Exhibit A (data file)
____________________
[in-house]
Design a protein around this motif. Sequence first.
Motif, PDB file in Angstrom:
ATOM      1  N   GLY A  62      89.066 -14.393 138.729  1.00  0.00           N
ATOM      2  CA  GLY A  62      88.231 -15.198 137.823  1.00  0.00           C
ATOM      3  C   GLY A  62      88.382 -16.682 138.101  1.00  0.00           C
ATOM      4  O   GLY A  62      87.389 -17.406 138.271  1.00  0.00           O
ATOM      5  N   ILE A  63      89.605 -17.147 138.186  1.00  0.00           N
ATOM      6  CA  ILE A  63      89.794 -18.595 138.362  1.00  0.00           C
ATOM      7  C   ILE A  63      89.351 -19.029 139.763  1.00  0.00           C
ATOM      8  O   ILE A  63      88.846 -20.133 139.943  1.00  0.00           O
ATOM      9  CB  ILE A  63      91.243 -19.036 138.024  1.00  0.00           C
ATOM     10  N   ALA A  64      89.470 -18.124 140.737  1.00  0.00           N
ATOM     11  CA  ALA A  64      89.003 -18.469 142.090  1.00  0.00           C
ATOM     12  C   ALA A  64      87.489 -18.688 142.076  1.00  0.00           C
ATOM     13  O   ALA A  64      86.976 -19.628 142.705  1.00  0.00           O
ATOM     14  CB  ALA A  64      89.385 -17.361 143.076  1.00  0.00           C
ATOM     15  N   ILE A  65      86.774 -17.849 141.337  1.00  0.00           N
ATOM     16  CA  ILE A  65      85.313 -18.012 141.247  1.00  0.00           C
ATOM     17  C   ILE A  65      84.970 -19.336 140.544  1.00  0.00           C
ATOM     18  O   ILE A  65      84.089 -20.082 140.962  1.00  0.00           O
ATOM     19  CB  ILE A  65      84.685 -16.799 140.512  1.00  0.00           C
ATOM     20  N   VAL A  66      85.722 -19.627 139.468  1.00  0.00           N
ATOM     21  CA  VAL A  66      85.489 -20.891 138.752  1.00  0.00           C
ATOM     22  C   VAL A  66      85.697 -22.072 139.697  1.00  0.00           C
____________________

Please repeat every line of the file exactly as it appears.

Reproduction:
[in-house]
Design a protein around this motif. Sequence first.
Motif, PDB file in Angstrom:
ATOM      1  N   GLY A  62      89.066 -14.393 138.729  1.00  0.00           N
ATOM      2  CA  GLY A  62      88.231 -15.198 137.823  1.00  0.00           C
ATOM      3  C   GLY A  62      88.382 -16.682 138.101  1.00  0.00           C
ATOM      4  O   GLY A  62      87.389 -17.406 138.271  1.00  0.00           O
ATOM      5  N   ILE A  63      89.605 -17.147 138.186  1.00  0.00           N
ATOM      6  CA  ILE A  63      89.794 -18.595 138.362  1.00  0.00           C
ATOM      7  C   ILE A  63      89.351 -19.029 139.763  1.00  0.00           C
ATOM      8  O   ILE A  63      88.846 -20.133 139.943  1.00  0.00           O
ATOM      9  CB  ILE A  63      91.243 -19.036 138.024  1.00  0.00           C
ATOM     10  N   ALA A  64      89.470 -18.124 140.737  1.00  0.00           N
ATOM     11  CA  ALA A  64      89.003 -18.469 142.090  1.00  0.00           C
ATOM     12  C   ALA A  64      87.489 -18.688 142.076  1.00  0.00           C
ATOM     13  O   ALA A  64      86.976 -19.628 142.705  1.00  0.00           O
ATOM     14  CB  ALA A  64      89.385 -17.361 143.076  1.00  0.00           C
ATOM     15  N   ILE A  65      86.774 -17.849 141.337  1.00  0.00           N
ATOM     16  CA  ILE A  65      85.313 -18.012 141.247  1.00  0.00           C
ATOM     17  C   ILE A  65      84.970 -19.336 140.544  1.00  0.00           C
ATOM     18  O   ILE A  65      84.089 -20.082 140.962  1.00  0.00           O
ATOM     19  CB  ILE A  65      84.685 -16.799 140.512  1.00  0.00           C
ATOM     20  N   VAL A  66      85.722 -19.627 139.468  1.00  0.00           N
ATOM     21  CA  VAL A  66      85.489 -20.891 138.752  1.00  0.00           C
ATOM     22  C   VAL A  66      85.697 -22.072 139.697  1.00  0.00           C